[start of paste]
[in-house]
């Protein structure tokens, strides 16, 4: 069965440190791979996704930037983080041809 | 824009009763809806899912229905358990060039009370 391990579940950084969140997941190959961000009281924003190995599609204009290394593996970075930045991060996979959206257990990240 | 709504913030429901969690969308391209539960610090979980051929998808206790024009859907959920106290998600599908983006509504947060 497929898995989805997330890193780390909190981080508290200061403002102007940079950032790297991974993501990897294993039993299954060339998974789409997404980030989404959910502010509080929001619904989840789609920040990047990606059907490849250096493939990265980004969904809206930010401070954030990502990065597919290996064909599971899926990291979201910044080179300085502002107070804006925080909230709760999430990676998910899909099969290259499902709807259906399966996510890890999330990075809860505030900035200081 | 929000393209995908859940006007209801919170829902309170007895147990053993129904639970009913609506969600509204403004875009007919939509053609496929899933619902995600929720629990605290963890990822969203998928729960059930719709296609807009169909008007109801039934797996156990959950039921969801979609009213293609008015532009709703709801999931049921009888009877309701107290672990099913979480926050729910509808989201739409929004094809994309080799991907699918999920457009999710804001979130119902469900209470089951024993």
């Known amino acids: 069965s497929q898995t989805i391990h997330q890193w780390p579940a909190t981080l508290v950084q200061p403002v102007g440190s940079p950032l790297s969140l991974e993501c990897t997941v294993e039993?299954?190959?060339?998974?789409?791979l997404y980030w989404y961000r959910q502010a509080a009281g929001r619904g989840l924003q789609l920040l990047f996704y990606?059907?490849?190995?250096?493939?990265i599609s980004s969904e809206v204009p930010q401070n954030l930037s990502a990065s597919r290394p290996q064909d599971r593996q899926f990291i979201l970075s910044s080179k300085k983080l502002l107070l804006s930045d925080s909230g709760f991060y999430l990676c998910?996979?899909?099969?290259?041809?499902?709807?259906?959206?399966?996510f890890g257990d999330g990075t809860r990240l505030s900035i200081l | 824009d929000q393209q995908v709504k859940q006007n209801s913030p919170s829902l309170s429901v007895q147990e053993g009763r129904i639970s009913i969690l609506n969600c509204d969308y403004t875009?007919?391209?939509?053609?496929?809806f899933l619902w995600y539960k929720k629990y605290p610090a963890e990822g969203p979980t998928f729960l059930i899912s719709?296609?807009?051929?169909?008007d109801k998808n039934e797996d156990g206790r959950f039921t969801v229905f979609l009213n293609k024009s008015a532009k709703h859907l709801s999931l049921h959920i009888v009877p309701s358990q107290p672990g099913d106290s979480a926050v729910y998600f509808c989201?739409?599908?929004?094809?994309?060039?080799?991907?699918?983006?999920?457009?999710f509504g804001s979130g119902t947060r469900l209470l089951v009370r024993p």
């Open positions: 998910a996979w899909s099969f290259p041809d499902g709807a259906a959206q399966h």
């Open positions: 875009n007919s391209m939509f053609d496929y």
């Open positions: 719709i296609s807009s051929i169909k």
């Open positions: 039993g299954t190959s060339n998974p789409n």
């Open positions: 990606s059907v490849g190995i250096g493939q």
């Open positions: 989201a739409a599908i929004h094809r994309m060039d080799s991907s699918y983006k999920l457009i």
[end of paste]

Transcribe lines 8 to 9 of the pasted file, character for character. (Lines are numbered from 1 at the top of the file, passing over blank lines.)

């Open positions: 990606s059907v490849g190995i250096g493939q």
């Open positions: 989201a739409a599908i929004h094809r994309m060039d080799s991907s699918y983006k999920l457009i």